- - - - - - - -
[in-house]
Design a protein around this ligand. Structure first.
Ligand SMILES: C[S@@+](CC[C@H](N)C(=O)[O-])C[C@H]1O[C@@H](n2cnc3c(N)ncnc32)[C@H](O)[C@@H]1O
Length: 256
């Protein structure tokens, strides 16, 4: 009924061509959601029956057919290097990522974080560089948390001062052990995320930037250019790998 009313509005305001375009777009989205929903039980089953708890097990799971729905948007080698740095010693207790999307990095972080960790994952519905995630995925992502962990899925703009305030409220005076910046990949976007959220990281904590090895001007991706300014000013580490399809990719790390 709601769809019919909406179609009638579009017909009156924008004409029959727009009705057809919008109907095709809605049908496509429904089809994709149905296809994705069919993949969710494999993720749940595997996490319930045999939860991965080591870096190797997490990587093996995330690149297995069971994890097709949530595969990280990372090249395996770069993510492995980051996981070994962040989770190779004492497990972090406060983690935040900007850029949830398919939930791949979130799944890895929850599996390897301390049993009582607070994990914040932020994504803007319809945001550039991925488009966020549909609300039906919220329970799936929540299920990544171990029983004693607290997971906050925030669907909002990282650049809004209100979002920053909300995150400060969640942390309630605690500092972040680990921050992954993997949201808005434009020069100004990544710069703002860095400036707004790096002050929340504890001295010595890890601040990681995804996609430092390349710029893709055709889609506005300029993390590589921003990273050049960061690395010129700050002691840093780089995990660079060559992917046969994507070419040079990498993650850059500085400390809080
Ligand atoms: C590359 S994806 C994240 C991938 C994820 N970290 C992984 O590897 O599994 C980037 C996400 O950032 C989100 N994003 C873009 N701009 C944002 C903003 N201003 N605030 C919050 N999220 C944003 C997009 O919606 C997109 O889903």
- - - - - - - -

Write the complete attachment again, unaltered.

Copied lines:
[in-house]
Design a protein around this ligand. Structure first.
Ligand SMILES: C[S@@+](CC[C@H](N)C(=O)[O-])C[C@H]1O[C@@H](n2cnc3c(N)ncnc32)[C@H](O)[C@@H]1O
Length: 256
């Protein structure tokens, strides 16, 4: 009924061509959601029956057919290097990522974080560089948390001062052990995320930037250019790998 009313509005305001375009777009989205929903039980089953708890097990799971729905948007080698740095010693207790999307990095972080960790994952519905995630995925992502962990899925703009305030409220005076910046990949976007959220990281904590090895001007991706300014000013580490399809990719790390 709601769809019919909406179609009638579009017909009156924008004409029959727009009705057809919008109907095709809605049908496509429904089809994709149905296809994705069919993949969710494999993720749940595997996490319930045999939860991965080591870096190797997490990587093996995330690149297995069971994890097709949530595969990280990372090249395996770069993510492995980051996981070994962040989770190779004492497990972090406060983690935040900007850029949830398919939930791949979130799944890895929850599996390897301390049993009582607070994990914040932020994504803007319809945001550039991925488009966020549909609300039906919220329970799936929540299920990544171990029983004693607290997971906050925030669907909002990282650049809004209100979002920053909300995150400060969640942390309630605690500092972040680990921050992954993997949201808005434009020069100004990544710069703002860095400036707004790096002050929340504890001295010595890890601040990681995804996609430092390349710029893709055709889609506005300029993390590589921003990273050049960061690395010129700050002691840093780089995990660079060559992917046969994507070419040079990498993650850059500085400390809080
Ligand atoms: C590359 S994806 C994240 C991938 C994820 N970290 C992984 O590897 O599994 C980037 C996400 O950032 C989100 N994003 C873009 N701009 C944002 C903003 N201003 N605030 C919050 N999220 C944003 C997009 O919606 C997109 O889903």